Money speaks all languages
It has been with much interest I have followed the debate and otherwise about the nuclear facility.
I thought people would be able to make up their own minds but that wasn’t to be.
A recent edition to the Eyre Peninsula Tribune had a letter by a retired politician to quote ‘All that glitters is not gold’.
If one may take note at the moment, a new saying could apply, ‘Money speaks all languages’ as the font page of the local paper proved last week.
It will be interesting to see who comes up with suggestions of how this money should be spent.
Transparent nuclear information welcome
Thank you for the article relating to the Canadian science graduate and her comments on the creation of medical isotopes and the great care she took to not be drawn into the Kimba nuclear dump controversy.
As my district is now front and centre, for some a most unwelcome situation and for others a very welcome and wealthier situation, the need for honest and accurate information has never been more critical to the well being of all of us.
My key question which has not been answered to my knowledge is on the matter of “intermediate waste” and the long term risk it presents to our community.
For example, does Australia's intermediate waste, some of which is currently stored at Woomera have an active life of hundreds of years and possibly thousands of years and does the technical capacity exist to safely stabilise this material within the next one thousand years?
Most know the departmental officers placed in Kimba by the government were here to do the job of winning the political argument and to put down the “rebels”.
This excellent article pertaining to our Canadian visitor connected to our neighbouring community is a great opportunity to move from the political to the reality in a transparent and honest way to repair some of the damage done over the previous period.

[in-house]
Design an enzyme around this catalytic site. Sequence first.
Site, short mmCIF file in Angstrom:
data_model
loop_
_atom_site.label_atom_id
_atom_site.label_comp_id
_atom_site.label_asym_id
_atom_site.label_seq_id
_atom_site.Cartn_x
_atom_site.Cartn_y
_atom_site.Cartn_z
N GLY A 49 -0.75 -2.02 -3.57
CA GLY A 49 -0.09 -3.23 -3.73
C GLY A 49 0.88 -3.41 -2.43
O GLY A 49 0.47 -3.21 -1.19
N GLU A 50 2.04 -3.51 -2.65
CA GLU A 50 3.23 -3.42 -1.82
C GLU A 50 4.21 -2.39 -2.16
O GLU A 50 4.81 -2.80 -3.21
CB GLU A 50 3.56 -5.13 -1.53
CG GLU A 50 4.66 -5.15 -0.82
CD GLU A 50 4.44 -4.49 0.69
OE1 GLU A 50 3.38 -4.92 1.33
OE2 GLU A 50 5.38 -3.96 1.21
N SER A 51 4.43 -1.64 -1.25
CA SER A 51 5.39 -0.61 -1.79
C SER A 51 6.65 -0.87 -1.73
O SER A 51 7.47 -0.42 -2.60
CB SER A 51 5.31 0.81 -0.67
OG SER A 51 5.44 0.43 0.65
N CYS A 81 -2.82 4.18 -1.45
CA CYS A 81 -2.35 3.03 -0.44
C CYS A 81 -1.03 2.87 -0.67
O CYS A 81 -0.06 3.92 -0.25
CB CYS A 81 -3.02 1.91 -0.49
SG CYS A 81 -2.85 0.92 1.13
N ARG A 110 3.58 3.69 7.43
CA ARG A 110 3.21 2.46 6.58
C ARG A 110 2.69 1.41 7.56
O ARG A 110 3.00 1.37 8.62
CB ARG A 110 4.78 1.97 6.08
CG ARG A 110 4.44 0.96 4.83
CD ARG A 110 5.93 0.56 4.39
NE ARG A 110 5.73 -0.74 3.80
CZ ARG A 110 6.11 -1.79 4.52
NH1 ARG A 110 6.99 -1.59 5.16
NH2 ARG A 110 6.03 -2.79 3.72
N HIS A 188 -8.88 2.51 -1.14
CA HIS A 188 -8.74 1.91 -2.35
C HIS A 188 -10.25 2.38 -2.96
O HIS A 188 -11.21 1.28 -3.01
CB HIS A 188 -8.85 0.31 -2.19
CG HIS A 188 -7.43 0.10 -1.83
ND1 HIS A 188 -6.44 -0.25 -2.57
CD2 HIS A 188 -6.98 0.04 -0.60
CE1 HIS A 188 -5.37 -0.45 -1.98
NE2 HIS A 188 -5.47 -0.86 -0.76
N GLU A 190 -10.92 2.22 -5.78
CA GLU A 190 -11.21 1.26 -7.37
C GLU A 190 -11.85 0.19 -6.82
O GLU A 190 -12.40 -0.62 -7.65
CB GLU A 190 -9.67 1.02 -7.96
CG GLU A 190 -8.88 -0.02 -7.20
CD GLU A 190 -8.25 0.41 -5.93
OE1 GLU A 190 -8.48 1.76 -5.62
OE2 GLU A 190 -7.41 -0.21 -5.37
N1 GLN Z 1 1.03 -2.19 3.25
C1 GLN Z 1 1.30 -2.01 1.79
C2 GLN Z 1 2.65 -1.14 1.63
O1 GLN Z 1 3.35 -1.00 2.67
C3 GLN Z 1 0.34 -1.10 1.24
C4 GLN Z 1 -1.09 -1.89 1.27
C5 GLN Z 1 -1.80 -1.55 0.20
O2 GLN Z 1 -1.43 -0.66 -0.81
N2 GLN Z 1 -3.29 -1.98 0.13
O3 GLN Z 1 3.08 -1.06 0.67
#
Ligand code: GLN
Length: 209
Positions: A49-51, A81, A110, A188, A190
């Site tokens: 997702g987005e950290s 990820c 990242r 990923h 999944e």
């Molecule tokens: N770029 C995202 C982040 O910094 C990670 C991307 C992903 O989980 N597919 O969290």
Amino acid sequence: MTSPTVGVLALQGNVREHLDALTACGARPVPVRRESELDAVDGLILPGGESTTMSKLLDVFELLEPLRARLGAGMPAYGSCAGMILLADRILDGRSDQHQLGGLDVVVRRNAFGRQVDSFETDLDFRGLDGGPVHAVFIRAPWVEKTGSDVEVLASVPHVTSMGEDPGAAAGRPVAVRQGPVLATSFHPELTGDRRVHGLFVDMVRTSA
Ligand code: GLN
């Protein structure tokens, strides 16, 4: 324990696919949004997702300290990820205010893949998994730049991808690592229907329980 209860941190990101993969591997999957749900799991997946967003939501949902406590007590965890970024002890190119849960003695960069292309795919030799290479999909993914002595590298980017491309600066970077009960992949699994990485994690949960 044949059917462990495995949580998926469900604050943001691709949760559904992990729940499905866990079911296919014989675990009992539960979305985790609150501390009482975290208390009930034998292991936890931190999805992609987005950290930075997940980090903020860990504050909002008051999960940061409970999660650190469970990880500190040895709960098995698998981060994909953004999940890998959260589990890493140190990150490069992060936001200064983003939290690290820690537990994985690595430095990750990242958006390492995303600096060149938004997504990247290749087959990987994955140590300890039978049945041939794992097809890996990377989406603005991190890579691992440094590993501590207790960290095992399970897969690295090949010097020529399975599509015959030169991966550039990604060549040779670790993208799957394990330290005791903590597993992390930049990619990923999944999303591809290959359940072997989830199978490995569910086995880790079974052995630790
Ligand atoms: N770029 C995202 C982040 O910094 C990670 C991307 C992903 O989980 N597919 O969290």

I will simply continue to seek the answers on intermediate nuclear waste management technology, which has many decades of background and appears to have gone from the top of 70 potential solutions to being dropped from contention by the international community in recent years.
Thanks for Badge Day support
Thank you to you and your Badge Day collectors for helping make the day a success. Well done to everyone involved.
Cleve has raised $1021.60 which is a great achievement.
Every year the Royal Flying Doctor Service provides vital emergency medical assistance and essential primary health care to more than 25,000 South Australians.
This means that – every 20 minutes – the ‘Flying Doctor’ is conducting an aeromedical transfer of the sick or injured to a metropolitan hospital; immunising a child or consulting at one of our remote fly-in GP health clinics; talking to someone face-to-face about a mental health issue; conducting a telephone consultation with someone who has a RFDS Medical Chest; or transporting and organ recipient to undergo a life-saving organ transplant operation.
Your support will help purchase much needed medical equipment and replacement aircraft to keep the flying doctor flying!
RFDS volunteer coordinator
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